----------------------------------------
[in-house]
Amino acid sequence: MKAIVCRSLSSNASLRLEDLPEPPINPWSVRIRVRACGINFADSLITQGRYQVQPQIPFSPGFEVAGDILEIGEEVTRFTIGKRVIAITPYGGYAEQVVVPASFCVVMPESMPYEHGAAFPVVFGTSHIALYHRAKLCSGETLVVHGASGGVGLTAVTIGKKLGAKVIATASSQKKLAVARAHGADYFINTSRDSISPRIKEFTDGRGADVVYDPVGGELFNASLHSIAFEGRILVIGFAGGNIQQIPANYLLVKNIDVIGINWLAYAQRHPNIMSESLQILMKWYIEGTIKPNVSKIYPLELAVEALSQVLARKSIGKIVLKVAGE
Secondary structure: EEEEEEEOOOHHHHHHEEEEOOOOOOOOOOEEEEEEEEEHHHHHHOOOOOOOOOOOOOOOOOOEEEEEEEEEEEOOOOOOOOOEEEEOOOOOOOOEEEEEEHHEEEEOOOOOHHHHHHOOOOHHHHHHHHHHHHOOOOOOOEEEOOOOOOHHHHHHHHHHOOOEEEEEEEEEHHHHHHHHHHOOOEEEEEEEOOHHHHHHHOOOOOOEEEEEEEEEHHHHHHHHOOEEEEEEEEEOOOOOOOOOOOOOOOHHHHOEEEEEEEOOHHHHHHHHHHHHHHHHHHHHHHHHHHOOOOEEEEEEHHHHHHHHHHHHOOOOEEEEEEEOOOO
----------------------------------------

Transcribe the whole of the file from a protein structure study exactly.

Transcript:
[in-house]
Amino acid sequence: MKAIVCRSLSSNASLRLEDLPEPPINPWSVRIRVRACGINFADSLITQGRYQVQPQIPFSPGFEVAGDILEIGEEVTRFTIGKRVIAITPYGGYAEQVVVPASFCVVMPESMPYEHGAAFPVVFGTSHIALYHRAKLCSGETLVVHGASGGVGLTAVTIGKKLGAKVIATASSQKKLAVARAHGADYFINTSRDSISPRIKEFTDGRGADVVYDPVGGELFNASLHSIAFEGRILVIGFAGGNIQQIPANYLLVKNIDVIGINWLAYAQRHPNIMSESLQILMKWYIEGTIKPNVSKIYPLELAVEALSQVLARKSIGKIVLKVAGE
Secondary structure: EEEEEEEOOOHHHHHHEEEEOOOOOOOOOOEEEEEEEEEHHHHHHOOOOOOOOOOOOOOOOOOEEEEEEEEEEEOOOOOOOOOEEEEOOOOOOOOEEEEEEHHEEEEOOOOOHHHHHHOOOOHHHHHHHHHHHHOOOOOOOEEEOOOOOOHHHHHHHHHHOOOEEEEEEEEEHHHHHHHHHHOOOEEEEEEEOOHHHHHHHOOOOOOEEEEEEEEEHHHHHHHHOOEEEEEEEEEOOOOOOOOOOOOOOOHHHHOEEEEEEEOOHHHHHHHHHHHHHHHHHHHHHHHHHHOOOOEEEEEEHHHHHHHHHHHHOOOOEEEEEEEOOOO